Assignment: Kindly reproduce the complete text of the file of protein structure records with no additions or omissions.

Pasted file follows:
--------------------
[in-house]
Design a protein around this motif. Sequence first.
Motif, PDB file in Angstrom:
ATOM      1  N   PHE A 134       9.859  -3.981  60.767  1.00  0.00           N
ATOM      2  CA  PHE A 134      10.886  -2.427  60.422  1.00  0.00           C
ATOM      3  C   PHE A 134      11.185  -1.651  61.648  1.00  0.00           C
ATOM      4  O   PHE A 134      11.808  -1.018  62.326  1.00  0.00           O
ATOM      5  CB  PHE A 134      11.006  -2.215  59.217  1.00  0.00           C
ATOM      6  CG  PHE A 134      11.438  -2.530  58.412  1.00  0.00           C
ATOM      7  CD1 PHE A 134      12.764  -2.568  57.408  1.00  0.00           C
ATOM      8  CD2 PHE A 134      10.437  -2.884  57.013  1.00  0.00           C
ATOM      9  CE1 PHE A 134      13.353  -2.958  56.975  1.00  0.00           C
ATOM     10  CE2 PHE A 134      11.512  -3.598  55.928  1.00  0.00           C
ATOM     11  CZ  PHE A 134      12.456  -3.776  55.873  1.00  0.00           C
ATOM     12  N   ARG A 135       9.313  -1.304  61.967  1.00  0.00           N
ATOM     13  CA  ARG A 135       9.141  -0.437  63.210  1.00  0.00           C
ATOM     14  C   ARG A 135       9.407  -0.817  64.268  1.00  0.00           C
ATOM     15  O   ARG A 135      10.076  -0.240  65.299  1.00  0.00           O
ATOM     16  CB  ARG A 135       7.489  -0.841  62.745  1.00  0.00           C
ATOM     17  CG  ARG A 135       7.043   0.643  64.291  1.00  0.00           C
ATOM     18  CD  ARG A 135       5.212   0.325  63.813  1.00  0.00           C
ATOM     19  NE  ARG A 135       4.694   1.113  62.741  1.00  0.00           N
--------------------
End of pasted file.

[in-house]
Design a protein around this motif. Sequence first.
Motif, PDB file in Angstrom:
ATOM      1  N   PHE A 134       9.859  -3.981  60.767  1.00  0.00           N
ATOM      2  CA  PHE A 134      10.886  -2.427  60.422  1.00  0.00           C
ATOM      3  C   PHE A 134      11.185  -1.651  61.648  1.00  0.00           C
ATOM      4  O   PHE A 134      11.808  -1.018  62.326  1.00  0.00           O
ATOM      5  CB  PHE A 134      11.006  -2.215  59.217  1.00  0.00           C
ATOM      6  CG  PHE A 134      11.438  -2.530  58.412  1.00  0.00           C
ATOM      7  CD1 PHE A 134      12.764  -2.568  57.408  1.00  0.00           C
ATOM      8  CD2 PHE A 134      10.437  -2.884  57.013  1.00  0.00           C
ATOM      9  CE1 PHE A 134      13.353  -2.958  56.975  1.00  0.00           C
ATOM     10  CE2 PHE A 134      11.512  -3.598  55.928  1.00  0.00           C
ATOM     11  CZ  PHE A 134      12.456  -3.776  55.873  1.00  0.00           C
ATOM     12  N   ARG A 135       9.313  -1.304  61.967  1.00  0.00           N
ATOM     13  CA  ARG A 135       9.141  -0.437  63.210  1.00  0.00           C
ATOM     14  C   ARG A 135       9.407  -0.817  64.268  1.00  0.00           C
ATOM     15  O   ARG A 135      10.076  -0.240  65.299  1.00  0.00           O
ATOM     16  CB  ARG A 135       7.489  -0.841  62.745  1.00  0.00           C
ATOM     17  CG  ARG A 135       7.043   0.643  64.291  1.00  0.00           C
ATOM     18  CD  ARG A 135       5.212   0.325  63.813  1.00  0.00           C
ATOM     19  NE  ARG A 135       4.694   1.113  62.741  1.00  0.00           N